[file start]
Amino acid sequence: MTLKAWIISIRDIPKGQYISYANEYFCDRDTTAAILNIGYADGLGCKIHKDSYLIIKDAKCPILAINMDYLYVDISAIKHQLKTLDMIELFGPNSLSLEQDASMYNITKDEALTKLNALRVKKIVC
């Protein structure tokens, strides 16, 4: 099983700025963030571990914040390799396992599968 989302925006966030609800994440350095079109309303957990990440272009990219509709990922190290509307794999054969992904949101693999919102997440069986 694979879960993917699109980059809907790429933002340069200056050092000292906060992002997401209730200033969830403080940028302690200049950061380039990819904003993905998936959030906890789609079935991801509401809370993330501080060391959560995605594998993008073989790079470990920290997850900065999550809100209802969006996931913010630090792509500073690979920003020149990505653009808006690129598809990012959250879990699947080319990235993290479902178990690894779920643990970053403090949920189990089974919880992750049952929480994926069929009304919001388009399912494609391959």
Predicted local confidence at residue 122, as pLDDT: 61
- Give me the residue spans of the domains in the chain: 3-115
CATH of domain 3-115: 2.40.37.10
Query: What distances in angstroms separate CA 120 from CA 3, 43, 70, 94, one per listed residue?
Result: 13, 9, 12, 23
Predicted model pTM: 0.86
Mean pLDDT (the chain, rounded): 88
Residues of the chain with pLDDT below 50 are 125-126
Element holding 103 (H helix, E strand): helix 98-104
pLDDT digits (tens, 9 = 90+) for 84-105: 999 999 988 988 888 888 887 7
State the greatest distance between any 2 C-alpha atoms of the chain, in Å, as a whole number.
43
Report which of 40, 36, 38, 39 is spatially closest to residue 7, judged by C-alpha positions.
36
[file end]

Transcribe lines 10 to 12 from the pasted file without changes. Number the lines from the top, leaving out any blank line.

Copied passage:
Residues of the chain with pLDDT below 50 are 125-126
Element holding 103 (H helix, E strand): helix 98-104
pLDDT digits (tens, 9 = 90+) for 84-105: 999 999 988 988 888 888 887 7